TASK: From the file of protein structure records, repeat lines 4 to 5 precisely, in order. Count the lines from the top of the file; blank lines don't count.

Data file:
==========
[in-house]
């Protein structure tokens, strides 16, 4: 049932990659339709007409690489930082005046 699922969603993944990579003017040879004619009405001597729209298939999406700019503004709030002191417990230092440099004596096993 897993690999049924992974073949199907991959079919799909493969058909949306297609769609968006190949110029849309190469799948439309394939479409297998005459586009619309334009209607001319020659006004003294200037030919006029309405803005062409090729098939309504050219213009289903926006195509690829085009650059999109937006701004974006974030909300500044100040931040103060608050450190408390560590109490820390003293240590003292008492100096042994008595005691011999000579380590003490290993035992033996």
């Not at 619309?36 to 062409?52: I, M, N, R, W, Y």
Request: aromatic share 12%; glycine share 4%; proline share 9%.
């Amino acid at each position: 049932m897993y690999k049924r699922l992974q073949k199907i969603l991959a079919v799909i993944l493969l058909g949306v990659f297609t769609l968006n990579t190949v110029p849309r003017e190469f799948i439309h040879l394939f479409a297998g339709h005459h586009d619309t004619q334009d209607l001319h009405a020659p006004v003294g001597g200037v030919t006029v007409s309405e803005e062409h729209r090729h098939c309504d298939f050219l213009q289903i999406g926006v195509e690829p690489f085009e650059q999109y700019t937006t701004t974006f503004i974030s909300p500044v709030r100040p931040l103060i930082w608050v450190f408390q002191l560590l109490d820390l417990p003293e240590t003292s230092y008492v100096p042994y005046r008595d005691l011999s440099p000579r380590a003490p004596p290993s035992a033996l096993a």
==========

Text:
Request: aromatic share 12%; glycine share 4%; proline share 9%.
């Amino acid at each position: 049932m897993y690999k049924r699922l992974q073949k199907i969603l991959a079919v799909i993944l493969l058909g949306v990659f297609t769609l968006n990579t190949v110029p849309r003017e190469f799948i439309h040879l394939f479409a297998g339709h005459h586009d619309t004619q334009d209607l001319h009405a020659p006004v003294g001597g200037v030919t006029v007409s309405e803005e062409h729209r090729h098939c309504d298939f050219l213009q289903i999406g926006v195509e690829p690489f085009e650059q999109y700019t937006t701004t974006f503004i974030s909300p500044v709030r100040p931040l103060i930082w608050v450190f408390q002191l560590l109490d820390l417990p003293e240590t003292s230092y008492v100096p042994y005046r008595d005691l011999s440099p000579r380590a003490p004596p290993s035992a033996l096993a």